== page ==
Each year, the Watertown Free Public Library chooses a book, encourages everyone in the community to read along with us, and hosts a variety of programs related to the book. We call this community read One Book, One Watertown. Recently, I was asked, “Why do a community read at all? People have different tastes and find books in a variety of ways; why should everyone read the same thing at the same time?”
A community is many things. Some portion of it comes down to simple geography – we all live and/or work in close proximity. But isn’t it more? As I saw T-shirts and banners in the past month proclaiming us “Watertown Strong,” I couldn’t help but feel that our sense of identity runs deeper than sharing a common point on a map. What makes us a community? What ties us together? Is it some sense of a common past? A shared vision of the future? Ideally, a community shares hopes and dreams, and creates institutions that serve to tie each of our fortunes together for the benefit of all. This lofty ideal is exemplified daily by our public schools, public libraries, and community police and fire services.
Reading can take us to new places - books can electrify our imaginations, educate, warn, inspire, ridicule, enlighten, and entertain. When a community of people with diverse backgrounds and interests makes a commitment to read a single book together, strange and wonderful magic can happen. What happens when a 16-year-old immigrant high-school student and a 90-year-old, American-born veteran of WWII read the same book? Do they notice the same things? Do they understand the story or relate to the characters in the same way? Of course not, because every reader brings his or her own history to the reading. Coming together to share our impressions of a book (or some other work of art) helps us to understand each other. Such exploration serves not only to highlight our differences, however, but to illuminate our common humanity and shared bonds. This, ultimately, is the appeal of “community,” and, by extension, of our community read.
Over the last 2 years, a diverse and physically scattered community of dedicated readers has flocked to our choice for the 2013 One Book, One Watertown community read. While you may not have heard of it yet, WOOL was the highest customer-reviewed work of fiction on Amazon last year (with over 4,800 reviews and an average of 4.7 stars). The movie rights were optioned by Ridley Scott (Blade Runner, Alien) and Steve Zaillian (Schindler's List), and it's currently being translated into 27 foreign languages.
Why have you probably never heard of it? Because it was a self-published work by an unknown author. That means it was not in most libraries or bookstores, there were no print ads for it in magazines, and review attention was sparse at best. Yet this novel managed to gather an army of loyal readers who passed it on, one copy at a time, to family, friends, and co-workers, slowly building it into a New York Times bestseller. That all of this took place outside the confines of the traditional publishing model is testament to the direct relationship that now exists between the writer and the reader.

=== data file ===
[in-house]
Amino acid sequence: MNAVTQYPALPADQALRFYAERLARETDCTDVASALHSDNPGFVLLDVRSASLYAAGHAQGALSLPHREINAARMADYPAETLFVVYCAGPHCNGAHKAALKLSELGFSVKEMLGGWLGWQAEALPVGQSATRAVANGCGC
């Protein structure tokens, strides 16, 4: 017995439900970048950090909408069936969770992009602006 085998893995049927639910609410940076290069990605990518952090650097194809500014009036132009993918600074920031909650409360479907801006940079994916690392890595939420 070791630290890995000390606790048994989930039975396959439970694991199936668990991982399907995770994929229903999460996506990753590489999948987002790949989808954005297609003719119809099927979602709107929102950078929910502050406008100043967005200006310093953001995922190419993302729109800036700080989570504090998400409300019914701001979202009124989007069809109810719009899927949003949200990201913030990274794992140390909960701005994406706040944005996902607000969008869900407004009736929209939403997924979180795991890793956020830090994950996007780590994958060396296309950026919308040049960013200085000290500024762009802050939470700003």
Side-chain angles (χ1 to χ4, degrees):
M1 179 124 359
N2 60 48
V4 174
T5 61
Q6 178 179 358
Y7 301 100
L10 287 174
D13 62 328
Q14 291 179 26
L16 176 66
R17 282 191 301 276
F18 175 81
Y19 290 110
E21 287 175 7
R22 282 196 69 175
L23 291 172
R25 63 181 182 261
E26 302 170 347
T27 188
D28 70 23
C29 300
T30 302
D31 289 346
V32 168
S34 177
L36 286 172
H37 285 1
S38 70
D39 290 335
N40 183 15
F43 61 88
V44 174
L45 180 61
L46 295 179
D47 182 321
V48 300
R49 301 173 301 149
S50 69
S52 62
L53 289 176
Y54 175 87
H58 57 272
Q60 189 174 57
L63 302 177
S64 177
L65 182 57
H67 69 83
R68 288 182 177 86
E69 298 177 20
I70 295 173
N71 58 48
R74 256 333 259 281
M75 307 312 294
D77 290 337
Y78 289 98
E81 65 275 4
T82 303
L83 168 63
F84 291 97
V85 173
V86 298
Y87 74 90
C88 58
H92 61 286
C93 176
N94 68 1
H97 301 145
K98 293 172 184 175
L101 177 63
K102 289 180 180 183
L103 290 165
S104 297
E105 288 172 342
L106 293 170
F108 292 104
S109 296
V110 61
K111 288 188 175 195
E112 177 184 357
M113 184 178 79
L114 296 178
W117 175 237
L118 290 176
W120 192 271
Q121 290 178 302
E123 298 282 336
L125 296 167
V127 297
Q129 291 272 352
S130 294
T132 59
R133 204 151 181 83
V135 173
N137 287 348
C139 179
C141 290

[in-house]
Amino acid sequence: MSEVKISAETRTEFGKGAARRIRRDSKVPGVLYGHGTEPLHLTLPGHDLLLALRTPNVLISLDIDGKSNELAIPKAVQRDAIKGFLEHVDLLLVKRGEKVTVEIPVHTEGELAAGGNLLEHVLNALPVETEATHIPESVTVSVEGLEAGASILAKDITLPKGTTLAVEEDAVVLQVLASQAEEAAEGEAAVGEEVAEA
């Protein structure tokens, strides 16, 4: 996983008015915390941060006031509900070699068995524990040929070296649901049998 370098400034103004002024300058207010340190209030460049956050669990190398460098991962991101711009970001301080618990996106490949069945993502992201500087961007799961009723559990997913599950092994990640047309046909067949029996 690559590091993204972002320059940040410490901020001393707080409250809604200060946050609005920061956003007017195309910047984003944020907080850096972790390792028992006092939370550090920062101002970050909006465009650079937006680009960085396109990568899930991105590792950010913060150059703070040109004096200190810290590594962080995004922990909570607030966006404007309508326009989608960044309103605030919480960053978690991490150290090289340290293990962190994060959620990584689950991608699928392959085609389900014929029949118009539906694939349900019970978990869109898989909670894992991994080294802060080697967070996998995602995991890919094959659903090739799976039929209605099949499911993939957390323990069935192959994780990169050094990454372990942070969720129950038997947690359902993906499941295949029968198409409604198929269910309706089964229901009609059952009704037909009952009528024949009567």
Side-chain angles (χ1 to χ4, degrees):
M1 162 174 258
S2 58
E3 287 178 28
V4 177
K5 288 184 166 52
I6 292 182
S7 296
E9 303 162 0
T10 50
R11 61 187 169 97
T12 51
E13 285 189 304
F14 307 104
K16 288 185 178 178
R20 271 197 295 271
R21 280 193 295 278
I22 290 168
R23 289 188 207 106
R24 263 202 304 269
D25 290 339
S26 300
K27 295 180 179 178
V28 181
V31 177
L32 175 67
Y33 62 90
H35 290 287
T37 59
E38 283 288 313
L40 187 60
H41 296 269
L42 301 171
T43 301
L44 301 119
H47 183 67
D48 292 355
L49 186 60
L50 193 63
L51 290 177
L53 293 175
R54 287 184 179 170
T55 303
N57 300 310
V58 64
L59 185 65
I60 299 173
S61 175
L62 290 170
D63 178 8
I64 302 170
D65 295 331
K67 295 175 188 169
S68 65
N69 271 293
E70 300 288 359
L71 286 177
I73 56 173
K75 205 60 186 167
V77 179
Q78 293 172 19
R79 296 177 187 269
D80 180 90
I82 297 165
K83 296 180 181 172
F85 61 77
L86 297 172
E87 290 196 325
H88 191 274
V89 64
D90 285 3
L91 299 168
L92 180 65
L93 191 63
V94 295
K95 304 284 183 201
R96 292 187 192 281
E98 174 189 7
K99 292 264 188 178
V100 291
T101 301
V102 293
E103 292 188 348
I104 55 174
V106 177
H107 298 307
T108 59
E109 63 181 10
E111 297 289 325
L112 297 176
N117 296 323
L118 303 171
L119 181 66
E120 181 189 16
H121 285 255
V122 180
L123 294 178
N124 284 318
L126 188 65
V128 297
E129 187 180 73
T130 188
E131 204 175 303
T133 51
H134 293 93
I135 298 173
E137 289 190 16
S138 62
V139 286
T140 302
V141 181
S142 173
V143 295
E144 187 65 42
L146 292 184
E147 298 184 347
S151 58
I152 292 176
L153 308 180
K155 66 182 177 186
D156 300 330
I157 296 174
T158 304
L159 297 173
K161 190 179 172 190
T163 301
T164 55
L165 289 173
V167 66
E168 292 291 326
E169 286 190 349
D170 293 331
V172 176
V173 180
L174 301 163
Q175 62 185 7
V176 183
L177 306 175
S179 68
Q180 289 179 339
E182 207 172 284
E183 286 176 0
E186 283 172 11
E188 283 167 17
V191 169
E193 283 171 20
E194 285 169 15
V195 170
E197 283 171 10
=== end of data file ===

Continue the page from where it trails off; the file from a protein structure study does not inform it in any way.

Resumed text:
Here's how it happened:
In the summer of 2011, Hugh Howey was working in a bookstore and writing when he could find the time. He self-published a 58 page novella entitled WOOL through Amazon, and continued to write other projects. He soon began receiving a flood of emails from people desperate for him to continue the story – to tell them more about the world and the characters he'd created. He dropped his other projects and went back to work on WOOL, adding 4 more installments (those 5 works comprise the book we will read). Mr. Howey is now one of the most successful of the growing cadre of self-published authors, and a vocal proponent of self-publishing.
The continued growth of self-publishing – particularly of ebooks – has forever changed the literary landscape. As librarians, we watch with bated breath as this revolution unfolds, and we welcome the opportunity to explore with our community what this new paradigm may bring to readers.
In the final analysis, though, the story itself is more important than any changes it's wrought in the publishing world. The author spins a compelling yarn that defies easy classification. We believe this book transcends genres, and asks powerful and vital questions about who we are both as human beings, and as members of a community.
It challenges us to consider the value of an individual life: who are we in relation to the institutions we create? What happens when we believe those institutions will protect us – only to discover that they can't? Or won't. This is the world of WOOL.
It's one heck of a thrilling page-turner, too!
The books will be available for check-out starting in the coming weeks. In September, the author will join us – just one part of our exciting roster of Fall events.
WOOL: Read it this summer. Celebrate it this Fall. We look forward to sharing it with you.
If you'd like to read more about Hugh Howey and WOOL, check out some of these links (but beware of possible spoilers!):
Wall Street Journal: http://online.wsj.com/article/SB1000142412788732467860457834075208830566...
The Washington Post:
Written by Reference Librarian Jill.